StÃ©phane and StÃ©phanie, the two eccentric waifs involved in "The Science of Sleep"‘s semi-romance, are played Gael GarcÃa Bernal and Charlotte Gainsbourg, a pairing of immense cosmopolitan charm and attractiveness. That director Michel Gondry manages to make them seem wan and unappealing is remarkable â€” the film is a testament to the benefits of collaboration with others.
Gondry has proven himself capable of apparently infinite visual inventiveness in his earlier films and his often brilliant music videos, and "The Science of Sleep" overflows with unforgettable set pieces, most representing the dreams of StÃ©phane, who has trouble distinguishing between sleep and waking life. A paper city dances outside a window; a man’s hands grow larger and larger as he tries to put together a paste-up; a ski trail is knitted together out of yarn. These scenes are all the more amazing when one takes into account that the film was made for a reported $6 million â€” Gondry has managed to squeeze more visual jolts out of next to nothing than, say, Gore Verbinski did with the over $200 million he got to make some pirate flick.
It’s too bad the rest of the film is such a mess. The story is "The Science of Sleep" is, Gondry has said in interviews, an autobiographical one. The film is shot in the director’s old Parisian apartment and is loosely based around his days working a dreary job in a calendar company, and, perhaps to compensate for any potential egotism of such a conceit, Gondry has written his stand-in StÃ©phane as a man just barely short of batshit insane. StÃ©phane is lured to Paris from Mexico by his mother (Miou-Miou) after the death of his father. She’s set him up with a job he expects will be more creative than it turns out to be â€” no one appreciates his idea of a calendar of illustrated disasters, and he’s put to work doing layouts. Rather than fall back on the typical escapes most people turn to when confronted with a dull day job (heavy drinking, TV, a side project), StÃ©phane takes to romancing/stalking the girl next door, StÃ©phanie, a sweet if barely formed character who dabbles in music and animation and has seemingly infinite patience for neurotic and infuriating behavior.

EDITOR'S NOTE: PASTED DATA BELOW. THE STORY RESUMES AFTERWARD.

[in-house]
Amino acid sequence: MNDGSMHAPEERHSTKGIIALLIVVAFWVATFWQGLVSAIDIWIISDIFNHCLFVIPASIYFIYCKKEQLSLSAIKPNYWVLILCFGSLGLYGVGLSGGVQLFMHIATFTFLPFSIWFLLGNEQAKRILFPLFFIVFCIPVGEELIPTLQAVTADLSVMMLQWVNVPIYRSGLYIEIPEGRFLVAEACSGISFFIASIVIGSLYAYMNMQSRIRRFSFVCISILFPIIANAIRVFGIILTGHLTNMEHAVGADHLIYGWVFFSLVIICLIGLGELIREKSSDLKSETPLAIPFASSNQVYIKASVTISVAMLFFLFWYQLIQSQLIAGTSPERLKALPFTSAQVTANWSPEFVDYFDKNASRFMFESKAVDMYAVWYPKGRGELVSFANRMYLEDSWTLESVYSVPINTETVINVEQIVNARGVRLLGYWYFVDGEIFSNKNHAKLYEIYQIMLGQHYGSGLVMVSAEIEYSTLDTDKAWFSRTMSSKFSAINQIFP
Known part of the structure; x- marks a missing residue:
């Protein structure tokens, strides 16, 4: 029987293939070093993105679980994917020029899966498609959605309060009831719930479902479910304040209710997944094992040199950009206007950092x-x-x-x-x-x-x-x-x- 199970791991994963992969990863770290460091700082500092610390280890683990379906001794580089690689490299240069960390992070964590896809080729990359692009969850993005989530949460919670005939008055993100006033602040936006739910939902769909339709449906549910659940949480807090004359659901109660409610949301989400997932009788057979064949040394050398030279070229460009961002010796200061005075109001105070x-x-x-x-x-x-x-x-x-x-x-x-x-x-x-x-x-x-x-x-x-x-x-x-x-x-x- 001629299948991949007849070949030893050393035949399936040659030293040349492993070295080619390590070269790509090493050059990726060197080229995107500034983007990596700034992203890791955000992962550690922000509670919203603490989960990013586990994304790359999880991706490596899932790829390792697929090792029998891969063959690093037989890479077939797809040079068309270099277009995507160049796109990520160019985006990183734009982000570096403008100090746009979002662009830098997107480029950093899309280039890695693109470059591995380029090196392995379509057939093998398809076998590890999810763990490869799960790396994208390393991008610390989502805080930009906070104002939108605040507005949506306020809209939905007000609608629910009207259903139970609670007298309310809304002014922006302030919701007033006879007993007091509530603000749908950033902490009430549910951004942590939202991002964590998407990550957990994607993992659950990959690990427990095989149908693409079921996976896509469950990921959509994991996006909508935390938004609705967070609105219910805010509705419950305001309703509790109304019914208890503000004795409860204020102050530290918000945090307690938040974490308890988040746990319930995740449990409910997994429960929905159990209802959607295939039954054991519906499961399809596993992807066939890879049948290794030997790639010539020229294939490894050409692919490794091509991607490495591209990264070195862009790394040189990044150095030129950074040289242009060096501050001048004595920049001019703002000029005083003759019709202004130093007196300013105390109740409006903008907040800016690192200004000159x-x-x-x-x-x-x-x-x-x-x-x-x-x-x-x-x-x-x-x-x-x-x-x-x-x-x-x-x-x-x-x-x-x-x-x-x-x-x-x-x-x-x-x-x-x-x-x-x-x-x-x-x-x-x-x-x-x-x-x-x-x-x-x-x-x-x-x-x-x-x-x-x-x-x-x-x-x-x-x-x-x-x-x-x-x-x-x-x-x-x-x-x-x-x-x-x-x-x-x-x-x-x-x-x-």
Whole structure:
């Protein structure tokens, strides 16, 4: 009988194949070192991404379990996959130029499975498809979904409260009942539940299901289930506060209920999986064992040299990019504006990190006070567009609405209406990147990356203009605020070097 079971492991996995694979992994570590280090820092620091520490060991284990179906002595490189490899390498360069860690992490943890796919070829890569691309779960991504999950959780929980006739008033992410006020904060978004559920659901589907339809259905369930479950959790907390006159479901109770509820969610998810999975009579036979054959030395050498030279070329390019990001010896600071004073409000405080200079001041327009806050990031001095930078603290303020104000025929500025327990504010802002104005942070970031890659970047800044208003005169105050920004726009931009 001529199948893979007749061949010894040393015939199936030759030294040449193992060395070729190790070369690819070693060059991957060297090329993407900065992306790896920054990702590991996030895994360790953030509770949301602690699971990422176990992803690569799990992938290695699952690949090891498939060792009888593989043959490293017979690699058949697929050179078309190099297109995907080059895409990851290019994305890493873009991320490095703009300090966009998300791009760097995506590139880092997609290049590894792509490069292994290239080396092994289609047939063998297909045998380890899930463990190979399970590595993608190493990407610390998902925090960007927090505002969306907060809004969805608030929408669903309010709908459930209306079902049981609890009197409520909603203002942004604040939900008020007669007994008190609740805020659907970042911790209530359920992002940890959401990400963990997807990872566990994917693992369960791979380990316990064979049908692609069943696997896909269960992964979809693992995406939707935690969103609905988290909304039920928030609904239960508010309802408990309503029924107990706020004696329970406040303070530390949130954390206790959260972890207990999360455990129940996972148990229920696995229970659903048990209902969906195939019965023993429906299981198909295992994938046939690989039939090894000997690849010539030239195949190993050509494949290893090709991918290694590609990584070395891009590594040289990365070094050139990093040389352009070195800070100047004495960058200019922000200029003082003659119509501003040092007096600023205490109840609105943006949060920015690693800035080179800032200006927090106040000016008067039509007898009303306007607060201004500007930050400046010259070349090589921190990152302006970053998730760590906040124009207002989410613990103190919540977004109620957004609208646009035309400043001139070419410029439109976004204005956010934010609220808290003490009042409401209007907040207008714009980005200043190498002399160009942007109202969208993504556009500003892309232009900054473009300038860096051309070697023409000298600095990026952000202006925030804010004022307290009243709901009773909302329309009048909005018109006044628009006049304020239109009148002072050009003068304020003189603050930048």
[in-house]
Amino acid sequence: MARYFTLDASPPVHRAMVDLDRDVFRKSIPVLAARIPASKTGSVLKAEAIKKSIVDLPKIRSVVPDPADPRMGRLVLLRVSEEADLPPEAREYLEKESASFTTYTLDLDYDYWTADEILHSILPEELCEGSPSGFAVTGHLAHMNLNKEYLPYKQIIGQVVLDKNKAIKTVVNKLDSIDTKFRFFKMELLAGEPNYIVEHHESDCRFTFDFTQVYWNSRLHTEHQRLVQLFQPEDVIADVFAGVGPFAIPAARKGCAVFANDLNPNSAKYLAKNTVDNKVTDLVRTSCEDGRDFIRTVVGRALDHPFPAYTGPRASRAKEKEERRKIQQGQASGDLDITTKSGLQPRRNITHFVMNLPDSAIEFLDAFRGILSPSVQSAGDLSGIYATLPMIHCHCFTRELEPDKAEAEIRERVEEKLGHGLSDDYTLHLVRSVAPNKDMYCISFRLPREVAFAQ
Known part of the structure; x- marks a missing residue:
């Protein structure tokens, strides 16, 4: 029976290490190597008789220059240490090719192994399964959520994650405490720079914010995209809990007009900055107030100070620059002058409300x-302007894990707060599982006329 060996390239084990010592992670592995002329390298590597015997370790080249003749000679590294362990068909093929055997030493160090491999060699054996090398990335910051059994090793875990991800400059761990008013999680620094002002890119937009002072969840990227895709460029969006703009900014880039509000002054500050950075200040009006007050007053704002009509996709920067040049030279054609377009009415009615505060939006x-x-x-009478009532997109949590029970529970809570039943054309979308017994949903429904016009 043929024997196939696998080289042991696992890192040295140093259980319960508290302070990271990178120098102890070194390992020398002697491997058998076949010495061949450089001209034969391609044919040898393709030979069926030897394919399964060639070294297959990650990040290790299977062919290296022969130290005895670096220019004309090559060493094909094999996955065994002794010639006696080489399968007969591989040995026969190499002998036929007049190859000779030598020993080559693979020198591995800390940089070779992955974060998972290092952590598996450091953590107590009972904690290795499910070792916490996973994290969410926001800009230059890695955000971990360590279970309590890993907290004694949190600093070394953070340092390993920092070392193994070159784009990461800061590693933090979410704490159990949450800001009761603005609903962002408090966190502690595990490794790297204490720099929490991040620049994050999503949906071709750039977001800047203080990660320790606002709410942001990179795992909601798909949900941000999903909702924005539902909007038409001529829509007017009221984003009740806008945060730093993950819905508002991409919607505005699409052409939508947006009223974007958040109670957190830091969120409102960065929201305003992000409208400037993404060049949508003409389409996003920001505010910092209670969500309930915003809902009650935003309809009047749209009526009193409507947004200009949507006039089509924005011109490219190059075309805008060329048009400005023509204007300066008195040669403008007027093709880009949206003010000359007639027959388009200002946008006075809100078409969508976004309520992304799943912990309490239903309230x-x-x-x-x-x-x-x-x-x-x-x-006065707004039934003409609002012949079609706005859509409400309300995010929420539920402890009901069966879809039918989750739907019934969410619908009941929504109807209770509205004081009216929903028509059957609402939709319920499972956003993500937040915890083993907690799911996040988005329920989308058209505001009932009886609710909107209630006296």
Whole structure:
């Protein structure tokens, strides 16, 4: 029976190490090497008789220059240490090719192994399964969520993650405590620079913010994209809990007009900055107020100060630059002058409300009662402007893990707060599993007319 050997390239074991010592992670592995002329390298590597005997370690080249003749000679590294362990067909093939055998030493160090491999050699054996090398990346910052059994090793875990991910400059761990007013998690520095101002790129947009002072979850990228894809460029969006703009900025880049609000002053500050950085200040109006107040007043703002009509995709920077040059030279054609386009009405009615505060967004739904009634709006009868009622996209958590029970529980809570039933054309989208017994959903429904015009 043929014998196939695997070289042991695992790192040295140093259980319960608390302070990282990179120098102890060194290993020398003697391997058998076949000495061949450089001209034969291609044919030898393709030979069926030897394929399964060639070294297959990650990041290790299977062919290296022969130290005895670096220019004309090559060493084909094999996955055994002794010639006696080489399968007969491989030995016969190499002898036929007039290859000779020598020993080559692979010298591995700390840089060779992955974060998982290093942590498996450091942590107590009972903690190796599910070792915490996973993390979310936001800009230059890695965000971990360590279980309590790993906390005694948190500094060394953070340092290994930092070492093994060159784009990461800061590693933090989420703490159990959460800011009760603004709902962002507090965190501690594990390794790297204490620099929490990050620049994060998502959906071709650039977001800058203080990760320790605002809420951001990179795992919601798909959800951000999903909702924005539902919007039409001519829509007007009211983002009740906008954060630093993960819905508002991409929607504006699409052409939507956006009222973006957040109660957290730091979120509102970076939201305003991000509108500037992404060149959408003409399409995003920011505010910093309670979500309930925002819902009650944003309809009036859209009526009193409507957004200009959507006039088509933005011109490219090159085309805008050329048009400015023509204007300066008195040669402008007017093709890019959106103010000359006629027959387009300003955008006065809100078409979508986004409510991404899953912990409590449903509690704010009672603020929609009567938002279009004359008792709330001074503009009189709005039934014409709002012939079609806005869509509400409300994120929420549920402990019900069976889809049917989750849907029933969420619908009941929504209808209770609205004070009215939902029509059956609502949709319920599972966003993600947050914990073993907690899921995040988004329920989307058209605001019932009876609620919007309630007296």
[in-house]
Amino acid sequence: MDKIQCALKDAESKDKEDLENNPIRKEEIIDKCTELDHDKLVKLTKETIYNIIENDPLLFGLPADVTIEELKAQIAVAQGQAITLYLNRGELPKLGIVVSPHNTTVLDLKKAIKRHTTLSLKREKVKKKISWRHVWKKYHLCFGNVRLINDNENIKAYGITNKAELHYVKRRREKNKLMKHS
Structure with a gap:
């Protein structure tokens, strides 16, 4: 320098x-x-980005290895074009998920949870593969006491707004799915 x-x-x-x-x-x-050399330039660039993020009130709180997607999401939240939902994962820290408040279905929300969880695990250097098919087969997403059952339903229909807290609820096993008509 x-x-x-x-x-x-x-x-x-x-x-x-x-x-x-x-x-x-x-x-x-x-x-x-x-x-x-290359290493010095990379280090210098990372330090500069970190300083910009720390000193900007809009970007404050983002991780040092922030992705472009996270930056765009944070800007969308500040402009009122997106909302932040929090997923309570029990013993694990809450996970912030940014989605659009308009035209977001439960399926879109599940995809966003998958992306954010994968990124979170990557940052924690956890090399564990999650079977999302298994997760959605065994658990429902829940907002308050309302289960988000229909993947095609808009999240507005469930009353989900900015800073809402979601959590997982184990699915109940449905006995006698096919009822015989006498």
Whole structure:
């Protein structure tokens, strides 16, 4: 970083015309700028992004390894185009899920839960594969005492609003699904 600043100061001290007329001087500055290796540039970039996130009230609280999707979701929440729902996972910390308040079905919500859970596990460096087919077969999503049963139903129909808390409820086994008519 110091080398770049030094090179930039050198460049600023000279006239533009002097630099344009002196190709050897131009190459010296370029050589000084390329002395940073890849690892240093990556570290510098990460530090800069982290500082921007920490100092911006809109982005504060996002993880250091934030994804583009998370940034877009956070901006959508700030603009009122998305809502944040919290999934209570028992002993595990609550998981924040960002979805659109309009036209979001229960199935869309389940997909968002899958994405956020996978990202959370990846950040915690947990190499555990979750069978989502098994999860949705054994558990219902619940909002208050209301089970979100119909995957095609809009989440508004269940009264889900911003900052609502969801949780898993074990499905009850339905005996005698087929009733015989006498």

When you tilt your head the right way, you can see the story Gondry probably intended, that of tentative love blooming between two prickly, quirky young people with rich inner lives. And there are moments of that, of shabby wonder that are downright magical, from a stop-motion mechanical horse galloping around the floor of StÃ©phanie’s apartment to StÃ©phane’s strangest invention, a time machine (made out of a Speak & Spell) that sends you back only one second. But, like StÃ©phane, the film can’t seem to get out of its own head, and it rambles along like a disjointed anecdote that makes more sense to the teller than the tellee. Why does StÃ©phane ram his head into the door? What the hell does StÃ©phanie want, anyway? Who let Gondry write the script for his next film, "Be Kind Rewind"? We have no doubt he’ll provide ample explanation on the eventual DVD commentary, but we’d be more inclined to rewatch the film with the sound off, all the better to enjoy the prettiness.
Opens in limited release today.
+ "The Science of Sleep" (Warner Independent)